and there was always some place within 30 minutes worth exploring.
My parents would pack us into the car and onto the backstreets of the Garden State we would go.
After college, my job in research at MTV afforded me the opportunity to travel domestically.
I would take advantage of having a rental car and go for drives
exploring neighborhoods I'd seen in movies,
or read about in travel magazines.
It was on those business trips I first discovered Highland Park, Illinois,
Tucson, Taos, San Francisco, and Los Angeles.
I vividly remember the first time I drove the winding streets in the Hollywood Hills.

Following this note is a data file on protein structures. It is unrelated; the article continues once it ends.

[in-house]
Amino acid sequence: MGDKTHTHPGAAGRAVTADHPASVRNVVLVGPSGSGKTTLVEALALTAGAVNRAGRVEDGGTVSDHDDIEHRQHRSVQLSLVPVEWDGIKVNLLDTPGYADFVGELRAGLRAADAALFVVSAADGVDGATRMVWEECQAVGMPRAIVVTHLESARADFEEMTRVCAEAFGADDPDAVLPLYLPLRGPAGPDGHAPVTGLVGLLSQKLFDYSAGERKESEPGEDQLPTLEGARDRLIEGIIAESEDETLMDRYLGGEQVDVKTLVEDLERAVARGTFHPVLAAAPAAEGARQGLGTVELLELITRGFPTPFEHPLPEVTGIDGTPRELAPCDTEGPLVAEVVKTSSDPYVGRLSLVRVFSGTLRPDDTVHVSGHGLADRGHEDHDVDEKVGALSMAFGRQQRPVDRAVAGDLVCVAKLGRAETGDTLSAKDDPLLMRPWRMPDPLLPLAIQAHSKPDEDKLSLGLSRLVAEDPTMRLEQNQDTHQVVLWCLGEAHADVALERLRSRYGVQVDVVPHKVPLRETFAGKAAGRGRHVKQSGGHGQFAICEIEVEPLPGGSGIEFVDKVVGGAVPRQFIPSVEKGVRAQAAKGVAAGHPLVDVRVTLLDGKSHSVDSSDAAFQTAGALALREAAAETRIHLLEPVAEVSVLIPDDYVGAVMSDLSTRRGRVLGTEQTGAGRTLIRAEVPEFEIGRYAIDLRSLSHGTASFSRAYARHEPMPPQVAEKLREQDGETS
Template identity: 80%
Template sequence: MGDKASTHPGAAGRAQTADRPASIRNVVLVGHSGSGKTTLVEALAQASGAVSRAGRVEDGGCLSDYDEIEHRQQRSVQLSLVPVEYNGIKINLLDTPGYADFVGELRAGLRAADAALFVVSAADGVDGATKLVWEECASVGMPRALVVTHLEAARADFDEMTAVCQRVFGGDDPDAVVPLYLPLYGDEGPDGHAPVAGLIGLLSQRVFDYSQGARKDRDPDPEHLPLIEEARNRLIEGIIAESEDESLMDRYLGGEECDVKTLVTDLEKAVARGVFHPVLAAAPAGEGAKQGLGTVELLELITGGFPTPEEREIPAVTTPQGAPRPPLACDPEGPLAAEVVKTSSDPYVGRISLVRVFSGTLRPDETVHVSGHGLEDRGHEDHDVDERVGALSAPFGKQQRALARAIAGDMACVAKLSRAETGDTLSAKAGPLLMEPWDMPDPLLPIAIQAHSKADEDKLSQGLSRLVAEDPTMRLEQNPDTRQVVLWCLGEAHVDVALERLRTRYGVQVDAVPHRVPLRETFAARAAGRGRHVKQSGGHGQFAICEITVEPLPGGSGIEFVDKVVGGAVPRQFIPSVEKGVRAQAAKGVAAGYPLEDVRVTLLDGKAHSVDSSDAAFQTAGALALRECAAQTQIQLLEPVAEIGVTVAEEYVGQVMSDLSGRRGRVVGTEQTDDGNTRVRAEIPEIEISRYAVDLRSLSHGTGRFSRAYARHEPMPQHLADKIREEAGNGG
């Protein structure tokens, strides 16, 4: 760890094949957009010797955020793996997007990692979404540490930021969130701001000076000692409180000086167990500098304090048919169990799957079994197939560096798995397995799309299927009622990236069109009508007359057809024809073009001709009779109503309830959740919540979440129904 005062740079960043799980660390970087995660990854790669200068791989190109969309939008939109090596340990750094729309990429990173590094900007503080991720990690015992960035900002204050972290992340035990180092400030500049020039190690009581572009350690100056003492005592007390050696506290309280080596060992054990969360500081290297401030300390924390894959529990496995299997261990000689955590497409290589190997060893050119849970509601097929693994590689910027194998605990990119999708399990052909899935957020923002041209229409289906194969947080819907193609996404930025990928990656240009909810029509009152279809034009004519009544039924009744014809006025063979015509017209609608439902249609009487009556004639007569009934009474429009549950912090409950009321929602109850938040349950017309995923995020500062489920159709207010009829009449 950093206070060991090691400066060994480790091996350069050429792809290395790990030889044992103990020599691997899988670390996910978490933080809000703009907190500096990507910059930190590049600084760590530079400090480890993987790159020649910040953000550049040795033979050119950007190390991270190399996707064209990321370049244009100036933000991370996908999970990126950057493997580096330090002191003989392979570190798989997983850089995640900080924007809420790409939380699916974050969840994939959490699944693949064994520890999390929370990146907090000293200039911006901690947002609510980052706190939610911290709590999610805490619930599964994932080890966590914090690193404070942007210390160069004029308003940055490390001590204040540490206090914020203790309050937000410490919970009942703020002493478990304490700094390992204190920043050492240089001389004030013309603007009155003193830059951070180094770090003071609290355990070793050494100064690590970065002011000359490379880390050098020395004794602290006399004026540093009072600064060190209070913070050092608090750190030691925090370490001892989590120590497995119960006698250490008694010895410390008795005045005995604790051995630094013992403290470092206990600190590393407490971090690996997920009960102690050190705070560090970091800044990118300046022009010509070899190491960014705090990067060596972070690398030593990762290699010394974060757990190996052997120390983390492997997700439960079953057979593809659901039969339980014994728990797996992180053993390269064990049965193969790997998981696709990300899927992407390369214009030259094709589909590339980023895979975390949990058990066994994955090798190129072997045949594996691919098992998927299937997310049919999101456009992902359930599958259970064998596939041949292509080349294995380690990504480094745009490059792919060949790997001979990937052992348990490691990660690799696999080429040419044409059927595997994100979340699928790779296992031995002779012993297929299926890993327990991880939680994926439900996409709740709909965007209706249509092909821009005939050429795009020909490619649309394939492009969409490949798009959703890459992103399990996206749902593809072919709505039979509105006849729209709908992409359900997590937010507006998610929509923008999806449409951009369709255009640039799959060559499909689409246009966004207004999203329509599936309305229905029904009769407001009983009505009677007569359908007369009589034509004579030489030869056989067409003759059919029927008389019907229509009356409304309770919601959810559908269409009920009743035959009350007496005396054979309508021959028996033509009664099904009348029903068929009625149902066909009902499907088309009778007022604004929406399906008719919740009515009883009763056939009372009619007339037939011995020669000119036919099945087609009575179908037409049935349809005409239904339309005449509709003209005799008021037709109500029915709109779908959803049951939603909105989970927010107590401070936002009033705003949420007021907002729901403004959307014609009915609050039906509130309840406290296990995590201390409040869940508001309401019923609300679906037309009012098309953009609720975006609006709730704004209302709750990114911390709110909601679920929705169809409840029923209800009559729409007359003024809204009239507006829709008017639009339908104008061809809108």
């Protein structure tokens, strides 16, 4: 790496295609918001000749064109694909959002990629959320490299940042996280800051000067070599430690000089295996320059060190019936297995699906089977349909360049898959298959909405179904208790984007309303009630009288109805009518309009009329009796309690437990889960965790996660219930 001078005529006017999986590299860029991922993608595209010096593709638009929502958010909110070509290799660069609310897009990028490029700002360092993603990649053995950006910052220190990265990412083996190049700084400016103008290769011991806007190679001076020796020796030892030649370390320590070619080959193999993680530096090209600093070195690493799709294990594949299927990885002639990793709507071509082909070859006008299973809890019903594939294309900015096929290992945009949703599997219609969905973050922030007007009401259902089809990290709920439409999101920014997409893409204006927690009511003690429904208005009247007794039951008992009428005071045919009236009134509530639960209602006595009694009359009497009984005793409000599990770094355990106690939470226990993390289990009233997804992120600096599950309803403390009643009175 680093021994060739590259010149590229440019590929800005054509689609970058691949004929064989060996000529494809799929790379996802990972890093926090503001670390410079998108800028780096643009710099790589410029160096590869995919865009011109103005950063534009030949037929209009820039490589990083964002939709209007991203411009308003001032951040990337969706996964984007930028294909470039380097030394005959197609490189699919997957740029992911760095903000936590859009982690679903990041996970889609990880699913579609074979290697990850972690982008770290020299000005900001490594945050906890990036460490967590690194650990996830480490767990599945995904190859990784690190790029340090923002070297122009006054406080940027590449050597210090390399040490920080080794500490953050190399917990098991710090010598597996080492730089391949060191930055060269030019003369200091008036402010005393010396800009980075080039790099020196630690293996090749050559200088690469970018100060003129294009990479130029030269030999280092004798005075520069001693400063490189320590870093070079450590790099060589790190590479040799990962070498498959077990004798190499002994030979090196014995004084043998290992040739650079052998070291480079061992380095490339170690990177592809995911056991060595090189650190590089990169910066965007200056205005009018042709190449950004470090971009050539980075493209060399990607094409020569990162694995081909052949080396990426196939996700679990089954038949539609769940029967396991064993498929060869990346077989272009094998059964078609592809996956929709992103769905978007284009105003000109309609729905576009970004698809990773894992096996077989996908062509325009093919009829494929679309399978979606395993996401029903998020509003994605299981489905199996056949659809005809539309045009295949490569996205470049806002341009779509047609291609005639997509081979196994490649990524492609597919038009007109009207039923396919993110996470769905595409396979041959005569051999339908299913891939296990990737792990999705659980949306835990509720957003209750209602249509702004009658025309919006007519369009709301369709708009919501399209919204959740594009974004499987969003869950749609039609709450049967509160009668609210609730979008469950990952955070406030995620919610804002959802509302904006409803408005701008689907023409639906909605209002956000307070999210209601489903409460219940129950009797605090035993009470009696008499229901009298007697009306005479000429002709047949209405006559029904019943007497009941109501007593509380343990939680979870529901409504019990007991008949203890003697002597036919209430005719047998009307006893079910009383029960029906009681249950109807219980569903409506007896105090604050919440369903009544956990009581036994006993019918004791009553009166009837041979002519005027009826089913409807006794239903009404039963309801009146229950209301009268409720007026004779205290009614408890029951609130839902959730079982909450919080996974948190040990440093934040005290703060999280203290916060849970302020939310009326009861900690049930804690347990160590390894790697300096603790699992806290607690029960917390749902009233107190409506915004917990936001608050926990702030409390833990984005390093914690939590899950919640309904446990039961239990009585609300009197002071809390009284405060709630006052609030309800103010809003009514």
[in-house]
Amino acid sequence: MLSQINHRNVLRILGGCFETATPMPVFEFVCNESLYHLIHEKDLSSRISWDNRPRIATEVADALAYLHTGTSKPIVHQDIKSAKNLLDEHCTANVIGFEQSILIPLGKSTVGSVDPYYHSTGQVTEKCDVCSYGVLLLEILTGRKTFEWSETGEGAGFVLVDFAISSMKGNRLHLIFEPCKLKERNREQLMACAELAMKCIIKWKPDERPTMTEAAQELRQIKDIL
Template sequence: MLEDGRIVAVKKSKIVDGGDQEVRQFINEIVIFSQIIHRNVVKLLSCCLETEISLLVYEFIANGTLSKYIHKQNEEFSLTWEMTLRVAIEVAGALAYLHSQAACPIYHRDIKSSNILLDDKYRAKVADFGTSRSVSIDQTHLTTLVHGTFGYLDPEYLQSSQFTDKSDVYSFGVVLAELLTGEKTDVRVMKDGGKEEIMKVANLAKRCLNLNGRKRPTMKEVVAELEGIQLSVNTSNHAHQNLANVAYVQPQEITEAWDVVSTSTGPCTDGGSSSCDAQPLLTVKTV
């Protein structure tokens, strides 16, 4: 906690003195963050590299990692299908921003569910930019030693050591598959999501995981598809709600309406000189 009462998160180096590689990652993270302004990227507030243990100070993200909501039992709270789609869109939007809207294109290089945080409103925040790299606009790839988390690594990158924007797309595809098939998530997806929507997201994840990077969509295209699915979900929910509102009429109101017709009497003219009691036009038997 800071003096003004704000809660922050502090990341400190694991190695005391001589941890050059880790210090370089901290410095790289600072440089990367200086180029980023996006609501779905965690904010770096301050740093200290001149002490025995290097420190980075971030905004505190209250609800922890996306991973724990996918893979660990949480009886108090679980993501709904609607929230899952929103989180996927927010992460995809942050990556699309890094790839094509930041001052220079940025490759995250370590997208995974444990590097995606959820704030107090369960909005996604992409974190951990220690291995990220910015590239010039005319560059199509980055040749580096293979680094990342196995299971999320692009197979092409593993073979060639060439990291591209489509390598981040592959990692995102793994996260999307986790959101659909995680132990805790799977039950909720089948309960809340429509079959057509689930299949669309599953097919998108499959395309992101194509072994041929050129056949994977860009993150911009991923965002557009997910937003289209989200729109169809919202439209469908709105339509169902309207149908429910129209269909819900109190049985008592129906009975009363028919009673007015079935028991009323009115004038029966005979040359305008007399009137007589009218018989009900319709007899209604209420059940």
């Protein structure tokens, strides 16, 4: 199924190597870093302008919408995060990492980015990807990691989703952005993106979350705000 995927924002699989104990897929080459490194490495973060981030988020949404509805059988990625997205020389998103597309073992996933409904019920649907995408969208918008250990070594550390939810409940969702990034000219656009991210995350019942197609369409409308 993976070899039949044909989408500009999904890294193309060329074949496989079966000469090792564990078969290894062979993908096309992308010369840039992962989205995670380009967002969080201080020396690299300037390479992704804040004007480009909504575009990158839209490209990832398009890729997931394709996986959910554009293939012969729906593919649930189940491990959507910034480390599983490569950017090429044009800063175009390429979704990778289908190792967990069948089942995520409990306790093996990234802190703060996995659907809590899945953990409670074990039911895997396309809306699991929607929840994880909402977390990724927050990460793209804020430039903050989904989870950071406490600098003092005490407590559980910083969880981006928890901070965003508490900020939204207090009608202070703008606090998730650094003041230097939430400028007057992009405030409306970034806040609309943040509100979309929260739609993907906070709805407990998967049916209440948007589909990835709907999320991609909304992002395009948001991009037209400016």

Pre GPS, I wandered directionless.
Getting lost was part of the adventure, and I wondered about those who resided in this magical neighborhood.
Today, I drove 20 miles north of Atlanta to Marietta.
Initially selected as the hub for the new Western and Atlantic Railroad, business boomed in the late 1880s. However, in 1840, political wrangling
stopped construction, and in 1842, the railroad's new management
decided to move the hub from Marietta to an area that would become
Downtown was easy to find due to the large central square decked with flags and reenactment soldiers for the holiday.
I had a fresh fish tacos for dinner at a local restaurant
and snapped a few photos of the fountain.
The streets off the square were lined with large homes with wrap around porches
and empty wicker chairs. A perfect invitation for ice tea and Southern gossip.